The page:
The text reads, ‘Dude’ followed by an all too familiar link, to the BBC website. But what news is this? What can be so important for our Captain to share to all club members? More importantly, we hadn’t seen, nor heard the phrase ‘Dude’ for such a long time, it could only mean one thing: this is big; drop everything and learn.
‘Christian Haettich has one arm and one leg. Over 22 days this summer he cycled across the Dolomites, the Alps and the Pyrenees to become one of only 10 finishers of a grueling three-week amateur cycling event.’ Writes Callum Robertson on the the BBC news-magazine.
We read how Haetittich recalls how painful it was when he first started:
“I was extremely ill, I thought I would die it was so difficult. I did it every day for 15 days. Pedalling uphill with one leg is hard, it’s just push and pull, if I forget one, I fall. I can laugh about it now but it was very tough.”
The following are highlights from the article and interview taken by Callum Roberston:
Life is like riding a bicycle
He shares his life-changing experience that brought him to nearly ending it all having lived a normal teenage journey, until his life took a different turn. At the age of 15, Haetittich is hit head on by a car and loses both limbs. He says:
“Many things changed for me. It’s not easy ending up disabled for life at 15, especially in 1976. I had to learn how to live again and deal with being stared at. It’s tough being disabled at this age, I was often rejected,” he says. “I must admit that at one time I thought about ending my life.”
It wasn’t until Haetittich hit his 30s that he took up the sport of cycling and inspired by the chance sighting of a man with one leg riding up a mountain encouraged him to try give it a go. The challenge was about to begin.
“I had no balance and fell off many times. I often felt like giving up and moving on to something else. My wife helped me a lot until the day I managed to ride without falling off and from that moment, everything began. It took me almost a year to feel confident but in the end the struggle paid off”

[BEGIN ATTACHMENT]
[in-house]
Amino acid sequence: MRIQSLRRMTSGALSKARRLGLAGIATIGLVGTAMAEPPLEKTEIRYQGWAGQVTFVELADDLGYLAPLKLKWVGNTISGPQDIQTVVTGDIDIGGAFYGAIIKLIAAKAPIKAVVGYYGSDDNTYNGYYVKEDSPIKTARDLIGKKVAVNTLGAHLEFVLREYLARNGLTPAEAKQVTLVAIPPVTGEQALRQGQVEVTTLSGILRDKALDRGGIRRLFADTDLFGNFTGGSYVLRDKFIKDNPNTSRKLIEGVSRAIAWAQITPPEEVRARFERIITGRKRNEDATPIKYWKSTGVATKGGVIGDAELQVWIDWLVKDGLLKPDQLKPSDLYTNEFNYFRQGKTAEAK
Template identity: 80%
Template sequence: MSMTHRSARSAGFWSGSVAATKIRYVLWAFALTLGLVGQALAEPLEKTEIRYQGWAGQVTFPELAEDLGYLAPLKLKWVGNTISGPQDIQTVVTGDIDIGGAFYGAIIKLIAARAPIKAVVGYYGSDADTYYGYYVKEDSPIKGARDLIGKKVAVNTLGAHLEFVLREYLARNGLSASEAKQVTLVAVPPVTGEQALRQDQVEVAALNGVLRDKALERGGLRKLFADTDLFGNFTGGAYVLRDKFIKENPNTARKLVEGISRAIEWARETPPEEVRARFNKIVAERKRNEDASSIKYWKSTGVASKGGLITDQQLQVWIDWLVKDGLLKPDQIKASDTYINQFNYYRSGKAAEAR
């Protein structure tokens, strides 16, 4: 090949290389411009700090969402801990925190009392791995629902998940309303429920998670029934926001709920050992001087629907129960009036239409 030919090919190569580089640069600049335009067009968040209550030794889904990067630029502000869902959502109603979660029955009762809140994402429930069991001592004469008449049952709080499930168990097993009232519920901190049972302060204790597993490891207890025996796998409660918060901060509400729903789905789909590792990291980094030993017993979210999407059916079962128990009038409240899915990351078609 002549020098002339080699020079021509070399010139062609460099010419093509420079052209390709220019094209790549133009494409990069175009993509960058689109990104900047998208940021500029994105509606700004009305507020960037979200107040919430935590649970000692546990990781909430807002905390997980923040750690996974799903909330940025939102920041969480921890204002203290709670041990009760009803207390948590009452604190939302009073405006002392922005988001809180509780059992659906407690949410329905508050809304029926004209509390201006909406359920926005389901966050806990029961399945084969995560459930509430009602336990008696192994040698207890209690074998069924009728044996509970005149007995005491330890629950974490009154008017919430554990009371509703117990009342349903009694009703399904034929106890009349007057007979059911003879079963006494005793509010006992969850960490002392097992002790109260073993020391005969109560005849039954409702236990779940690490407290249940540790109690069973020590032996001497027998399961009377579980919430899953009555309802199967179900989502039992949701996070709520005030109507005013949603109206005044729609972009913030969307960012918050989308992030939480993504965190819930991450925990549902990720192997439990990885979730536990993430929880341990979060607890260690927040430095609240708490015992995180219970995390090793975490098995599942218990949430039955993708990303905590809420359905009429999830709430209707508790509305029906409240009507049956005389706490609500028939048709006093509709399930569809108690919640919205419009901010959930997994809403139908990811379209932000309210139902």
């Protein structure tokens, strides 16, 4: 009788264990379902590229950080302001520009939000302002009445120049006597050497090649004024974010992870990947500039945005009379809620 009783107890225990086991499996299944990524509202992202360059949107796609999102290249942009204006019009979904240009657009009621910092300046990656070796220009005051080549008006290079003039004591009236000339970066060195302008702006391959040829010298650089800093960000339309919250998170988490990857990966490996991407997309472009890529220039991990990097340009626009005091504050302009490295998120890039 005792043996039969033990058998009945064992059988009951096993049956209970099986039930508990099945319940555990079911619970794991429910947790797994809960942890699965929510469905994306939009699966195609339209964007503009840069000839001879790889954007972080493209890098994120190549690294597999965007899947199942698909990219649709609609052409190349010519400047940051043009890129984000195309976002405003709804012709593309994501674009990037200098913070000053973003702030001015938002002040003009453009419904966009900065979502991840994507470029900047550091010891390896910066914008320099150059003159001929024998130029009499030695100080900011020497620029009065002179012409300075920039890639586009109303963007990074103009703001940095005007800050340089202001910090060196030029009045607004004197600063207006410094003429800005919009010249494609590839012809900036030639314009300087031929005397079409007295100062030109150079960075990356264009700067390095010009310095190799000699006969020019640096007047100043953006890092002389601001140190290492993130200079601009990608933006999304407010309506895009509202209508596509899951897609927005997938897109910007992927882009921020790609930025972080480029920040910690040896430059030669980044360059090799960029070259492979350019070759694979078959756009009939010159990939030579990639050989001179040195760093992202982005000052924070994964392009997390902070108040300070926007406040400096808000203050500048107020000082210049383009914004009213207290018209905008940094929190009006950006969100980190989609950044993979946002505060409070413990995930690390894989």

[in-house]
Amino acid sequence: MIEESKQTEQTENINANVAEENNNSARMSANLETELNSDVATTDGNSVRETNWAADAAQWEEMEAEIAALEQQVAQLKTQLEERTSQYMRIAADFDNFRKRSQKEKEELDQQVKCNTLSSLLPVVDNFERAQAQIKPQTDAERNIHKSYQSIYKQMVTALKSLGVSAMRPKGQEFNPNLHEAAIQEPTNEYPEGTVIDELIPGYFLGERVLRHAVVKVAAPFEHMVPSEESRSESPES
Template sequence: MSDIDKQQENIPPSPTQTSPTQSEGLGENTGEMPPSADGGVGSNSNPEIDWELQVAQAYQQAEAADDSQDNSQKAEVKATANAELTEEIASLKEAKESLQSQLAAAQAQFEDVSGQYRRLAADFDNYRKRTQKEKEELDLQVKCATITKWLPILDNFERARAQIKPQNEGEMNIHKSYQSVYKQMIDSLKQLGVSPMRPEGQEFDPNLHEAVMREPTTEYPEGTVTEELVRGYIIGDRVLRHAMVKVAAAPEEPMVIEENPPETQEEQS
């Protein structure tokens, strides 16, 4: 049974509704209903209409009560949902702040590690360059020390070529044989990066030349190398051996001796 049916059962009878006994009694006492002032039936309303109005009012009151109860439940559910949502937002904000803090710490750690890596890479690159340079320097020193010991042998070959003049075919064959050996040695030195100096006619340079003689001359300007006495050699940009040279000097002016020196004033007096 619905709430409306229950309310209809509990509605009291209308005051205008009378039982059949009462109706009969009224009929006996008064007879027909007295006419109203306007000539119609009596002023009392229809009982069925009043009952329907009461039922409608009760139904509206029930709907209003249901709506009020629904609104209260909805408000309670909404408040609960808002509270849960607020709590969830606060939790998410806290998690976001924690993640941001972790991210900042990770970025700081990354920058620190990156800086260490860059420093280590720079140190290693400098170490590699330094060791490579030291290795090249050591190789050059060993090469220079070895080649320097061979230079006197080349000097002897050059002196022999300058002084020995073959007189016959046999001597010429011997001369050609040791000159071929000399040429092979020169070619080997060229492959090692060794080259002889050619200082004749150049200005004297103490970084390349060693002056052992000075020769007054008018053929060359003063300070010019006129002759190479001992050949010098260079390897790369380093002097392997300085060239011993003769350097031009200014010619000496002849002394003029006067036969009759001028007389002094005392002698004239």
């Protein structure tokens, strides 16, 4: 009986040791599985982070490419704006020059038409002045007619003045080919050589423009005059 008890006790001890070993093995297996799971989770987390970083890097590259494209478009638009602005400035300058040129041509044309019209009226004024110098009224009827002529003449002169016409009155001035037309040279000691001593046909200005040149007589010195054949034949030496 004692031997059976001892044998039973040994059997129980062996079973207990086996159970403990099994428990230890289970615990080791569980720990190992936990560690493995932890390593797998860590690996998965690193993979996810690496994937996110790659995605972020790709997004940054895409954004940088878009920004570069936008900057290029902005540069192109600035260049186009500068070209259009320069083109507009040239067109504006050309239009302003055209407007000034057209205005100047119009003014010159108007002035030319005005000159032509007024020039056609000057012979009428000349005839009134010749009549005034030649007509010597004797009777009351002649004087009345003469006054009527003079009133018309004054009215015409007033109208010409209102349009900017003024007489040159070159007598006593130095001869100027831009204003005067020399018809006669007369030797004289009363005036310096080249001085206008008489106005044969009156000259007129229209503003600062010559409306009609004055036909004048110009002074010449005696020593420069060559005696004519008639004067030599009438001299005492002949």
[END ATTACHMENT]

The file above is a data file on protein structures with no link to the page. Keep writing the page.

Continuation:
The Olympic Dream
The 2000 Sydney Paralympics signaled another turn in Haettich’s life on the bicycle. He chose to dedicate himself to qualifing for the road race. After months of hard-work and sacrifice he was on the verge of selection when, he says, only 15 days before the games he learned that his category of disability was no longer to be included. He was devastated/ Haetittich quit the Disabled Sport and refocused his efforts to riding sportives – mass-participation events that are open to all cyclists.
“My disability has never prevented me from climbing a pass. It gives me determination and mental strength. I can’t ride any other way, so I don’t have a choice,” he says.
Watch me now
Haettich is never going to be able to climb quickly but on the descents he is astonishingly fast. On one particular descent I was having a good ride and was passing a lot of riders when this figure shot past me. It was Haettich and he must have been travelling at least 10mph (16km/h) faster than I was. Very quickly he disappeared around the next bend and by the time I got there he was out of sight.
“It’s true, I descend skilfully and quickly. It’s something I’ve worked on a lot, and I have to admit, I love descending as much as I love climbing,” he says. “On a descent I am very focused and always look ahead. I certainly descend quickly, but I remain cautious.”
Haettich’s top speed on a descent is an impressive 67mph (107km/h). I wonder what oncoming motorists must make of it when they encounter him…
The Triple Crown
For many riders, like myself, cycling is no more than a hobby. It’s a way of temporarily getting away from the stresses of daily life as well as a way of reducing the rate at which my waistline expands. For Haettich it’s much more.
“Cycling is above all a passion, it’s freedom. When I see everything I’ve done on a bike, I can only be proud. Cycling brings me happiness and a true balance to my life, that is indisputable. Cycling takes away my disability, it helps me move forward, it helps me to always go further, to make the extra effort. The bike is a source of inspiration.”
The Haute Route Triple Crown is a remarkable achievement for any rider. Does the fact that Haettich has a disability make his accomplishment the more worthy of respect and admiration? He would say not. The other Triple Crown riders worked just as hard and suffered just as much. They all pushed themselves to their limits.
That being said, I can’t remember the winner’s name, but I will never forget Christian Haettich. – Callum Robertson
Read the full uplifting article and video on BBC news-magazine.
Images from HauteRoute.org